City Council considers putting in $200,000 water line to Mayfield residents in fear of KDHE fine

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Thank you for your input. +4 Vote up Vote down LiveWell · 225 weeks ago “Wellington City Manager Roy Eckert said there isn’t really a problem with getting water to those people, and the city can put in a water line if that is what the council wants.” Then why are people who live between here and Mayfield told NO when asked about being put on the city water line?? if it really isn’t a problem. I would pay for everything to tap into it, the line runs directly west of my gate… but am still told no. Similar to Whitetail Ridge. Way to stifle growth. Report Reply 0 replies · active 225 weeks ago +1 Vote up Vote down turkeyleg · 225 weeks ago If the powers that be can come up with 225 thousand for a new sprinkler system for the golf course they can come up with a couple of hundred thou for the water line. But what really hits me, is that no one has blamed this on Obama. The big bad feds picking on the state then the state picks on the city. You would think Brownback would be outraged at Obama and the feds for picking on the little guy. But wait, Brownback is also picking on the little guy. Funny isn’t it? Report Reply 0 replies · active 225 weeks ago +6 Vote up Vote down Steve Glenn · 225 weeks ago Good point, I guess when they shut my water off, I could go to the golf course and shower with their 225 thousand dollar sprinkler system, They get millions of gal a year from us for nothing anyway to water the golf course. None of the city counsel where interested in me showering at their homes, using our water, or paying for getting us water. Report Reply 1 reply · active 225 weeks ago -1 Vote up Vote down turkeyleg · 225 weeks ago Just run ya a big loooooong hose and hook it up to one of the golf course sprinkler heads. : ) Of course, you could only have any water when the sprinklers are on. But the way the CG wastes water you’d be floating in water. Report Reply 0 Vote up Vote down Hmm · 224 weeks ago K.S.A. 82a-702. Dedication of use of water. All water within the state of Kansas is hereby dedicated to the use of the people of the state, subject to the control and regulation of the state in the manner herein prescribed. Report Reply 0 replies · active 224 weeks ago Post a new comment Enter text right here! Comment as a Guest, or login: Login to IntenseDebate Login to WordPress.com Login to Twitter Go back Tweet this comment Connected as (Logout) Email (optional) Not displayed publicly. Name Email Website (optional) Displayed next to your comments. Not displayed publicly. If you have a website, link to it here. Posting anonymously. Tweet this comment Submit Comment Subscribe to None Replies All new comments Comments by IntenseDebate Enter text right here! Reply as a Guest, or login: Login to IntenseDebate Login to WordPress.com Login to Twitter Go back Tweet this comment Connected as (Logout) Email (optional) Not displayed publicly. Name Email Website (optional) Displayed next to your comments. Not displayed publicly. If you have a website, link to it here. Posting anonymously. Tweet this comment Cancel Submit Comment Subscribe to None Replies All new comments by James Jordan, Sumner Newscow — In response to a possible fine by the Kansas Department of Health and Environment, the City of Wellington is considering putting in a water line for people in the Mayfield area who have city water wells on their property.For years – since the 1950s at least – the city and these private Mayfield property owners have had a gentleman’s agreement in place that the city is allowed to drill on their property, in turn the property owners get free water – albeit it being untreated.But in 2015, the city was told by the KDHE, that there was a new federal rule that states cities may not let people have untreated water, even if it is coming off their property. The city has tried to work out something but now faces as May 1 deadline which includes a penalty. What that penalty is, nobody knew at Tuesday’s night meeting at the Council Chambers.The council now faces a dilemma. Does the board put in a waterline that would cost the city $200,000, or face incurring a fine by KDHE? The city has budgeted $150,000 to pay for whatever agreements they make to comply with federal and state rules. But they have been told by the state to shut those customers off by May 1.The city passed an measure Tuesday at the regular meeting to tell the state that it is not going to cut off water to people by May 1, because it does not yet have a system in place and does not want to put people in a position of not having water.The city may have to have another quick meeting before the end of the month to get the situation rectified. Council members Kelly Green and Jan Korte voted against the measure. Green said she only did so because she is concerned that the city does not know what a fine might cost them.There were 25 property owners who were sent letters asking them to contact the city about this issue. Only 13 responded, and all but five signed contracts with the city to take a $6,000 payment to drill themselves their own well. Five did not take the deal, and the city may end up putting in a line for them.The city currently is taking millions of gallons water from these people’s property, and has for years, under a previous agreement. City council members expressed the sentiment that they have an obligation to those people even if it takes some extra money to put in a water line from the city’s system.Steve Glenn is one of those property owners, and he said he hired someone to drill and paid $3,000 and did not get enough water to get reasonable water pressure to his house.“We have given the city access for years, and they have taken millions of gallons of water, and now they say they are going to shut us off,” Glenn said.He wanted the city to put in a water line and give them treated water if that is what the feds are requiring. He does not think the $6,000 is reasonable because they are not able to get to adequate water on their property for that amount.Stuart Shinliver, another resident who could lose water, agreed with the water line idea.Council member Kip Etter said it was another example of the city putting things off and not being proactive.He remembered a few years ago when the lake was very low and how the city struggled to provide water. He was in favor of doing whatever is needed to help those people get water because the city may need more wells in the future.Council member Jim Valentine agreed as well. He said he realized $200,000 is a lot of money, but he said it is about human lives and quality of life, so he thought it was justified.Wetta said the city should send someone to Topeka if necessary, and he offered to go with them.Wellington City Manager Roy Eckert said there isn’t really a problem with getting water to those people, and the city can put in a water line if that is what the council wants.The money could come out of the utility fund.Korte suggested the city get busy planning a water line immediately as they try to get the situation worked out before the first.In other matters:•Kelly Green said Sherry’s Army would be at work again this Saturday. The group cleans up the city on Saturday mornings. Anyone wanting to volunteer should meet at Pizza Hut at 8 a.m. Saturday. The city will provide a truck and driver.•John Monroe said the Wellington Food Bank is having a fundraiser this year with a raffle and auction. They will be giving a way two rifles, and they hope to set up a display in the Veterans Room at Memorial Auditorium. Anyone wanting information, or to volunteer, should call Monroe at 326-8129.•El Valle, a new Mexican restaurant, received approval for a Cereal Malt Beverage license. They willl be on A Street and do not yet have an opening date, but they hope it will be soon.•Mayor Shelley Hansel passed out evaluation forms for the council’s evaluation of City Manager Roy Eckert. That should be taken up, probably in executive session during May.•The city passed several ordinances that will result in the electric substation on the north side of town. This has been budgeted and is part of a long term bond issue. They are buying a power transformer for $623,000, power poles for about $139,000, rolls of wire and other materials.Follow us on Twitter.last_img read more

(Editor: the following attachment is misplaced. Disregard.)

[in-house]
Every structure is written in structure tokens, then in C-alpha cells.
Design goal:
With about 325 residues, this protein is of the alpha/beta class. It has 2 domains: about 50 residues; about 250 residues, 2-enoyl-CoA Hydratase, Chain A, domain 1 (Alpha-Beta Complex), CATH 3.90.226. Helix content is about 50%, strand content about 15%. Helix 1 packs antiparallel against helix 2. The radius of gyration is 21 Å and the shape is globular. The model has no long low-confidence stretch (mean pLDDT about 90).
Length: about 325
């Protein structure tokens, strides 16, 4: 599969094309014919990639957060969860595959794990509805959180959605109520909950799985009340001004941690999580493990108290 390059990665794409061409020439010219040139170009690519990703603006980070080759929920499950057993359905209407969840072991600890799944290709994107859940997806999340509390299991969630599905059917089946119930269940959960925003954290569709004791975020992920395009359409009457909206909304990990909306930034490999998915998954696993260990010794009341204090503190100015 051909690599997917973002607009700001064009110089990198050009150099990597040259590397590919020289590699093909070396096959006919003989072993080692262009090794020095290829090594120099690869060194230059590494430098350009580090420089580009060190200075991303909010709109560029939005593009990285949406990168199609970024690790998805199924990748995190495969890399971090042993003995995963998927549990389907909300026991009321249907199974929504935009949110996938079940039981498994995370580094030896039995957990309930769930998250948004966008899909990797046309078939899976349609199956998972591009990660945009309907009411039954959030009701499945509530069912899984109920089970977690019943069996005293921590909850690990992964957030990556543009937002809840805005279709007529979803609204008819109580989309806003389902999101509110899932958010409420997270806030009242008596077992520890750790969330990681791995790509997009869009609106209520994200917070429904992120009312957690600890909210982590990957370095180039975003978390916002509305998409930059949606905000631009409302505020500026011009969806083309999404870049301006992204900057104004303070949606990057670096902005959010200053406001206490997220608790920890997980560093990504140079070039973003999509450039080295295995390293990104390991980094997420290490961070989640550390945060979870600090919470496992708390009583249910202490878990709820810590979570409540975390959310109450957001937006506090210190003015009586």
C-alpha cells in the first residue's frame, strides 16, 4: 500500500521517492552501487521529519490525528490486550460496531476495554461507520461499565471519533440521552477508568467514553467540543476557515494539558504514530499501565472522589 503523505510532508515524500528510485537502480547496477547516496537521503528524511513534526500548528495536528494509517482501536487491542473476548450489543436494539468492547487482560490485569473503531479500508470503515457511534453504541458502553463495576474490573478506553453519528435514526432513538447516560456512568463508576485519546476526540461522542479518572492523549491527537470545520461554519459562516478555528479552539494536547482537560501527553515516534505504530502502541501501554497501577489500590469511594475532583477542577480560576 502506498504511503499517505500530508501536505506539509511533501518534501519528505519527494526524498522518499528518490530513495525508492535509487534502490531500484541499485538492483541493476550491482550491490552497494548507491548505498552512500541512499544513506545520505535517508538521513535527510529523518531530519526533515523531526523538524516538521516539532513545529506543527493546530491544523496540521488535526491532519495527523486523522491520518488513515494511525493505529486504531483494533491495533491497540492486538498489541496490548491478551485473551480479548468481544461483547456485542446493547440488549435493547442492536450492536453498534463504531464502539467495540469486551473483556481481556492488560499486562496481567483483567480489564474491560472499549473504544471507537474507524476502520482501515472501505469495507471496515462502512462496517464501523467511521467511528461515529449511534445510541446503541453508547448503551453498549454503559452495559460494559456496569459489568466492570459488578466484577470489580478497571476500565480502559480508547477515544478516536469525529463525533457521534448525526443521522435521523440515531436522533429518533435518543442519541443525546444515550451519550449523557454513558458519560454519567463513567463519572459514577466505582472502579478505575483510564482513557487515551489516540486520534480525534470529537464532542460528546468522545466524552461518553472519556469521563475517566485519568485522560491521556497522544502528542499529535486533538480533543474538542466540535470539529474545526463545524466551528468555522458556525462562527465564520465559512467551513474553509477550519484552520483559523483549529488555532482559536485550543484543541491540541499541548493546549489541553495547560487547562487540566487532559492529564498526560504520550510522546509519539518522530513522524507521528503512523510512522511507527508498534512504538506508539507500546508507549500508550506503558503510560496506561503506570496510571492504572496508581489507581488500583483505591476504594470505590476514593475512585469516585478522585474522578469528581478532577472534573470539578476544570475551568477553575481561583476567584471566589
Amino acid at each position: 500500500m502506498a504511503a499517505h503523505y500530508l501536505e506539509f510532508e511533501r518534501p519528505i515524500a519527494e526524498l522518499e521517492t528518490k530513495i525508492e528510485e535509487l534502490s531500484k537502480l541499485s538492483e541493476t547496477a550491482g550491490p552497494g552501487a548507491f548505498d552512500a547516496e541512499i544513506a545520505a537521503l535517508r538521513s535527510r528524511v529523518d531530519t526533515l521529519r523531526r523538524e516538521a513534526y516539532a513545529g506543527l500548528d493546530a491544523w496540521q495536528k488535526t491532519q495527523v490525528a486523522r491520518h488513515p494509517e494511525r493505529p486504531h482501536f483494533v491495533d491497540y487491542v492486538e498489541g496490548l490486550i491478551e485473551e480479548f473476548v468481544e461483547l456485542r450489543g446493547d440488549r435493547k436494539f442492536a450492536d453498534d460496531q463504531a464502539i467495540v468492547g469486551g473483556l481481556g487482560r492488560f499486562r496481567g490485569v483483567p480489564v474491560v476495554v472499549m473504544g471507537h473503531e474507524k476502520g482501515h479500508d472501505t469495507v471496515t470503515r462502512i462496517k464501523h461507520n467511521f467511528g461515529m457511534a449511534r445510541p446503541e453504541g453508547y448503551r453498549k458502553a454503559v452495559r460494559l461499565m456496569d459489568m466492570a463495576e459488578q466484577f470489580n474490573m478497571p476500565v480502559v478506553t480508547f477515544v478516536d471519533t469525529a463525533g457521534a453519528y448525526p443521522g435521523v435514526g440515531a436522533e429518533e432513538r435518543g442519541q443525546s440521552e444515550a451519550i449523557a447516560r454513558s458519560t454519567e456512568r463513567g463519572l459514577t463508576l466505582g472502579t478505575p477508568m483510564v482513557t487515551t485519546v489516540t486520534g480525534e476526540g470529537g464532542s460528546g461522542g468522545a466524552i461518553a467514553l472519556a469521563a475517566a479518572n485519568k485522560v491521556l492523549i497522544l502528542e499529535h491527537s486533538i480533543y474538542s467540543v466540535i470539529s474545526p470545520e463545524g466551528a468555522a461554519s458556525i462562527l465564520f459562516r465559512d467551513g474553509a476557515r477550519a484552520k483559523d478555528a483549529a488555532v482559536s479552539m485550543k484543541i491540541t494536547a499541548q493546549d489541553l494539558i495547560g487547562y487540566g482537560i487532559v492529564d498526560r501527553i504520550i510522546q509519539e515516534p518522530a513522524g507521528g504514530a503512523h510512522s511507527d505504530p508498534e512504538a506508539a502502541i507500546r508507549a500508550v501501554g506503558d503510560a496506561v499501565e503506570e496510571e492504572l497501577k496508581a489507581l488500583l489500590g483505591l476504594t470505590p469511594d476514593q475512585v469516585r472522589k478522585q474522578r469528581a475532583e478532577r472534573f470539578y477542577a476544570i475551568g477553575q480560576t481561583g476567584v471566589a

Chance to comment on proposed closure of Tate Creek Elementary School

first_imgAnyone interested in commenting on the closure can also hand in a written submission by January 15, 2014 to Tate Creek Elementary, the SD59 Board Office, or by email to the Board of Education Chairperson at [email protected] At 7 p.m. on December 2 at the school, parents and community members will have a chance to argue for why the school should or shouldn’t stay open. The bylaw to close the Tomslake area school was given first two readings at the school board’s November 12 meeting, with a third reading set for after public consultation.The school itself is 49 years old, and is in need of a scheduled roof replacement and updates to the building envelope. SD59 estimates that if it was closed, it would save the school district nearly $158,000 a year in maintenance, utilities, administration, and custodial costs. Only 19 students are currently enrolled at the elementary school, 28 kilometres south of Dawson Creek. They come from Tomslake, Tupper, Gundy and One Island Lake by school bus each day. – Advertisement -Enrolment is expected to increase to 20 in 2014/2015, but then decline to nine by 2017/2018. If the school were to close, the students would be sent to Pouce Coupe Elementary, which would mean an additional classroom for that school. If the closure is approved, it’s expected the board would ask the Ministry of Education to close it by July 1, 2014. Community organizations would then be contacted to see if they would have a use for the facility. Advertisementlast_img read more